Lord of the Rings question.....

Discussion in 'Archived Threads 2001-2004' started by Dome Vongvises, May 20, 2002.

  1. Dome Vongvises

    Dome Vongvises Lead Actor

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    I've read Tolkien's magnificent book series compleletly twice now, and I'm halfway through my third run (almost finished with the Two Towers). In all my readings, I never once questioned the power of the One Ring. However, it occured to me that I had absolutely no clue why the One Ring was so damn powerful. It's pretty obvious Sauron had it at one time and easily lost it. What's the danger of him getting it again? That question never occured to me until recently.
     
  2. andrew markworthy

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    The idea of a single object into which is invested a particular person's power is a common one in mythology. The idea is that without it they are very powerful (because they draw on the power from a distance) but may be defeated, but with it they are totally invincible. So, in the case of Sauron, if he gets the ring on his finger again, he will be invincible, whereas whilst he is without it, he is powerful, since he draws on the power from a distance. Incidentally, he didn't lose it easily - if memory serves correctly, he lost it in battle following combat with one of the early heros of Middle Earth.

    Actually, there's another inconsistency in LOTR which has always bugged me:

    Frodo and Sam are eventually rescued by that giant eagle and flown back from Mount Doom all the way to safety. Why didn't they simply get an eagle to fly them to Mount Doom in the first place?
     
  3. Mark Lee

    Mark Lee Second Unit

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    Wouldn't doing that have drawn Sauron's attention just a bit? I mean, two insignificant hobbits crawling over the rocks and dirt of Mordor is one thing, two hobbits riding a giant eagle coming in for a two-point landing on the crest of Mount Doom....now that's something else.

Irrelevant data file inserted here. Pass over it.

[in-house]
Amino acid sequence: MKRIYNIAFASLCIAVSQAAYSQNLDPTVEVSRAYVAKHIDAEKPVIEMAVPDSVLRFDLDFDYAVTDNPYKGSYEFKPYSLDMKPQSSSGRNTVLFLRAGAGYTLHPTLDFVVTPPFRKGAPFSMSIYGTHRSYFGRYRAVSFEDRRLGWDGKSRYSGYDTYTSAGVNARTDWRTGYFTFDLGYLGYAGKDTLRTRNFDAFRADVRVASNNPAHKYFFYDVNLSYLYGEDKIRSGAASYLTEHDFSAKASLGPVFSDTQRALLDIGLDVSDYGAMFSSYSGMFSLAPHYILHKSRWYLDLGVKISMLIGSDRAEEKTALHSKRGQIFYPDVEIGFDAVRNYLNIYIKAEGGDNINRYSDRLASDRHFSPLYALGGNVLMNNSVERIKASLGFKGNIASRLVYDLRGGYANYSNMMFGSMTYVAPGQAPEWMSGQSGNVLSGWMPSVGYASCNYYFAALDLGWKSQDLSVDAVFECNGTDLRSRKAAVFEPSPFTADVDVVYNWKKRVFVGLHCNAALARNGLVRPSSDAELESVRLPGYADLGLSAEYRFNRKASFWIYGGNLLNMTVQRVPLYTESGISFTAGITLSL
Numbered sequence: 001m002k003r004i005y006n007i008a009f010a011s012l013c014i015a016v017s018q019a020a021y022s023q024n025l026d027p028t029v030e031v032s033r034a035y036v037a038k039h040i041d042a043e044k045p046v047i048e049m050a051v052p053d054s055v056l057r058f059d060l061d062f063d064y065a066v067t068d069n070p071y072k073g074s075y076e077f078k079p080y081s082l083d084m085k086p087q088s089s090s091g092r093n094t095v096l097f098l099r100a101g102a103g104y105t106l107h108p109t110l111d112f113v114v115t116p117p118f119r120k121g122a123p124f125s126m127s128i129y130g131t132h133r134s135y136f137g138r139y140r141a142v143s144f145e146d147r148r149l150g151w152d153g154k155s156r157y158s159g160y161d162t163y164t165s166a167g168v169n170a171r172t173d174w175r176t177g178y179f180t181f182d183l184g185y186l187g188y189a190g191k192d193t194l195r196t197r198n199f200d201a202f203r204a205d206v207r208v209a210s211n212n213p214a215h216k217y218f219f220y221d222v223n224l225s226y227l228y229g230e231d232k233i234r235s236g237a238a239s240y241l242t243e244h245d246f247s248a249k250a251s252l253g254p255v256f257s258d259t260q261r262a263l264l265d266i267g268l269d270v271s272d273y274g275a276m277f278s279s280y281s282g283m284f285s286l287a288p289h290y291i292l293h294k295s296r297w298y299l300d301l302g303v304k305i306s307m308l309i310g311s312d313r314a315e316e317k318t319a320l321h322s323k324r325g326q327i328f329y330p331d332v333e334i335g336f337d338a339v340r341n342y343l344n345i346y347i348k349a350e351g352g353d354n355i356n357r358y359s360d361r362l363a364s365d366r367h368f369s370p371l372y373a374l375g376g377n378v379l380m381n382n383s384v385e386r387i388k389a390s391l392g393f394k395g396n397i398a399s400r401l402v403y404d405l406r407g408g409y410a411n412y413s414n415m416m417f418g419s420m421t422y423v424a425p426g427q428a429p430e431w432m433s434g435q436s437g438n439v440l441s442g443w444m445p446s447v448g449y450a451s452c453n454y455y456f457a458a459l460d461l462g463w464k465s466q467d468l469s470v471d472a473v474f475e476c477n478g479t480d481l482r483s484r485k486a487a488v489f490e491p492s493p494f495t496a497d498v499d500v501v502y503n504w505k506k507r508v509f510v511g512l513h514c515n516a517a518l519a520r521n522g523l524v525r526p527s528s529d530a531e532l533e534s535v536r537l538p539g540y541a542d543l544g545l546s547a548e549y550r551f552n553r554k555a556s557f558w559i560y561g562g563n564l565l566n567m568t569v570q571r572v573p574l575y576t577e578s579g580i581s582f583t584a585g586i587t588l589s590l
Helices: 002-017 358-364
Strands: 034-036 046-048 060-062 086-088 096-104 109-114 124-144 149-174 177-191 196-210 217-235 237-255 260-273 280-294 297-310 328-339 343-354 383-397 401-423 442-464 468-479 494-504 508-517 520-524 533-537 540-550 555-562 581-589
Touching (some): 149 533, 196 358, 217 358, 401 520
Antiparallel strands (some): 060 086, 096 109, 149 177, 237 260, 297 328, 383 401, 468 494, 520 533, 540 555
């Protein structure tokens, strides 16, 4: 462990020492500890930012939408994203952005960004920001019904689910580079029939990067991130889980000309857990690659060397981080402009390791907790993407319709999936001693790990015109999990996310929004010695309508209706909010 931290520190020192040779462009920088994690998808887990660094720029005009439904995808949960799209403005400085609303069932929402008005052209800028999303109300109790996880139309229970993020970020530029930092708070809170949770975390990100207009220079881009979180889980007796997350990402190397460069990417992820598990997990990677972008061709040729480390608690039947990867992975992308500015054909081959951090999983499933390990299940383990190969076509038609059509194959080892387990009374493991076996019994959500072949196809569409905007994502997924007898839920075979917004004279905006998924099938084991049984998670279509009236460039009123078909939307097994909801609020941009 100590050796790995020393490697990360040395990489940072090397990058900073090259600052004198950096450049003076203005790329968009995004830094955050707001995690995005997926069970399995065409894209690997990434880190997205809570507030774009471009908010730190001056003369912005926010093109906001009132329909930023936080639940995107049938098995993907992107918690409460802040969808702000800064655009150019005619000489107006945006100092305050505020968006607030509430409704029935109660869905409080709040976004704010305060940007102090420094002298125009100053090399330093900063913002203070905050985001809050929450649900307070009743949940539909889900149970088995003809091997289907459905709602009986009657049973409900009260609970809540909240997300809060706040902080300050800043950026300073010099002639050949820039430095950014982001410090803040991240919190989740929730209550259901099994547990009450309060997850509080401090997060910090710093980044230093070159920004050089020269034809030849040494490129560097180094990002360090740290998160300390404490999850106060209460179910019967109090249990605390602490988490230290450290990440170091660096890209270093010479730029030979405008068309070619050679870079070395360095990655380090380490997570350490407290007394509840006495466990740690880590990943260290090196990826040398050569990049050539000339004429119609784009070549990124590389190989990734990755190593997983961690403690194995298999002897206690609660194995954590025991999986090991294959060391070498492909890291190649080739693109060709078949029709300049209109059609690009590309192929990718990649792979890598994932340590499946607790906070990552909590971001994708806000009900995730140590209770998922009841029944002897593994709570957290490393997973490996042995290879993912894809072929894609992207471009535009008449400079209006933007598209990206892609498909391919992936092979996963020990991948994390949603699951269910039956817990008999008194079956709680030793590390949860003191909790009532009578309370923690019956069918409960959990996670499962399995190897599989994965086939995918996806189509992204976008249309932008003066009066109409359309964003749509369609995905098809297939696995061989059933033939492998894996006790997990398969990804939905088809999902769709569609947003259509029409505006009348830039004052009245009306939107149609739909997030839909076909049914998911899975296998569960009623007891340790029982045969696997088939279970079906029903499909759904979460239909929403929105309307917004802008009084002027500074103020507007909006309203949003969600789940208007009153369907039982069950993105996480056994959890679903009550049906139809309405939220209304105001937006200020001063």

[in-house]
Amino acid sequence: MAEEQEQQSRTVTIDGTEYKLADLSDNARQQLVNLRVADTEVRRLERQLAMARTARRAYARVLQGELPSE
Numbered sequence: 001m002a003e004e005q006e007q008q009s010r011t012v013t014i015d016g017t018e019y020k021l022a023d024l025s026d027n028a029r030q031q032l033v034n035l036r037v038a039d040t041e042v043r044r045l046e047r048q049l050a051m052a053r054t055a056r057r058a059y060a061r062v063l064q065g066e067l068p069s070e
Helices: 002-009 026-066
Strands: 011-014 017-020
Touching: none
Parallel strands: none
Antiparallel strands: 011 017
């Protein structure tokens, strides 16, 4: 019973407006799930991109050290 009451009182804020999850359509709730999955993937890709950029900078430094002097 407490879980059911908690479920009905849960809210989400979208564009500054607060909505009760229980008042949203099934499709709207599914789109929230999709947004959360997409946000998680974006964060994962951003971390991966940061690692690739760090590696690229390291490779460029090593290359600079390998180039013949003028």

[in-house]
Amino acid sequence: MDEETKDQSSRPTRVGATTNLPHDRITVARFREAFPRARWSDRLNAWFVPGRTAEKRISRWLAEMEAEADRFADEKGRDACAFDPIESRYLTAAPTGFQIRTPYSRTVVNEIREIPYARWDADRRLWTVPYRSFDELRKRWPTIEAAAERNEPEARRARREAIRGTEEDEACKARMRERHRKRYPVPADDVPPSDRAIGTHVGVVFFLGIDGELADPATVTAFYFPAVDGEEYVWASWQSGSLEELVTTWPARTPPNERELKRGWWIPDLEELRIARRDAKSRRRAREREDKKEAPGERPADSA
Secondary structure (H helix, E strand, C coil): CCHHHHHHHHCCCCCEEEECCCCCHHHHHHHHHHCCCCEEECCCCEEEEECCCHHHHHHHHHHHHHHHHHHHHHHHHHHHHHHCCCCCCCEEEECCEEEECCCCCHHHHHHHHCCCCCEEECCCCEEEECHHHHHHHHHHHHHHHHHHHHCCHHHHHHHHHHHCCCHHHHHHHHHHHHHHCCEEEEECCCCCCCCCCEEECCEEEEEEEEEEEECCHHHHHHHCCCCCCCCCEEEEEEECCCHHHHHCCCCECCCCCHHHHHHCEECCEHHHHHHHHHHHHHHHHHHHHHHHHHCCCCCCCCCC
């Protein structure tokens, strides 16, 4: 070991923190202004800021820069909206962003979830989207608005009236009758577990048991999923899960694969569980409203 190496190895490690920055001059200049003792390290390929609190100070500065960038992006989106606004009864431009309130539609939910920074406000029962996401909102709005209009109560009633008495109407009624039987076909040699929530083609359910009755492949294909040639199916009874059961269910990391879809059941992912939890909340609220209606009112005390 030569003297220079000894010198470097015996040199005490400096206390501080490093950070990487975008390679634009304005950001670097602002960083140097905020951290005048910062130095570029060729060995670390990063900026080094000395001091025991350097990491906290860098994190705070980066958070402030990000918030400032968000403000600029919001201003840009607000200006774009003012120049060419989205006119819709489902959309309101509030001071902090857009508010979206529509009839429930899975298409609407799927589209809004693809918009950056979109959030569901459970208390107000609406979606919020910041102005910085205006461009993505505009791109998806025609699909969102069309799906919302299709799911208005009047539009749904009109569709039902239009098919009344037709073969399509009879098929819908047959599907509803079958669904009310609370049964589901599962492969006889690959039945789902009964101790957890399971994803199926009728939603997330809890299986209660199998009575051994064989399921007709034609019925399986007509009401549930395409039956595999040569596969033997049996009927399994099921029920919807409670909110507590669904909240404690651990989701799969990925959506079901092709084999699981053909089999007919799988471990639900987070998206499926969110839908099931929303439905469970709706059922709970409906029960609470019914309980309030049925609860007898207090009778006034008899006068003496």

4. TheoGB

    TheoGB Screenwriter

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    Andrew I think the point is that with Sauron defeated, there is no longer any kind of coherent threat within Mordor. Before that I would think the Nazgul's flying mounts (I'm sure they had some, didn't they) would have intercepted the eagles. Also the eagles grudging got involved. After Sauron's defeat they would be feeling 'good' towards the hobbits maybe...

    I think the point about the ring is that Sauron invests his own power into it so it is a part of him in an inanimate object - presumably the only way he could control the other rings.
    I have never presumed that he would be invicible if he got the ring, even if that is the language they use, but I think the suggestion is that with the Elves fading there was little hope of a similar mighty battle to wrest the ring from Sauron succeeding. At the end of the day, however, empires fall and over a large timescale Sauron would lose power again for sure. [​IMG]
     
  5. Danny R

    Danny R Supporting Actor

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    Remember that once the One Ring was destroyed, the power of the Three also went.

    Since the elves departed Middle Earth after this time, its reasonable to assume that much of their power till that time was due to their dependence upon their own rings in sustaining their realms. After all, most of the crafters who created the rings (and other great elvish works like the Silmarils) were dead now. Thus the Elvish rings held most of the elvish power that remained in middle earth.

    So should Sauron have regained the One, not only would his power grow immensely, but the elves would lose what power they retained once they lost the use of their own rings.
     
  6. Dome Vongvises

    Dome Vongvises Lead Actor

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  7. Mike Broadman

    Mike Broadman Producer

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    The whole thing was an ancient trick by Sauron. Before he revealed himself as a Big Nasty Bad Guy, he was friendly with the ancients. He taught them how to forge rings of power, which the most powerful people of the time used to weild power. Sauron then pulled a quick one by creating "one ring to rule them all."

    At the time of the Lord of the Rings story, the only other rings we know are not in the grasp of Sauron at some point are the elven rings, which give power to the "good guys." If Sauron got the One, the most powerful sources of magic in Middle-Earth would be corrupted to his gain.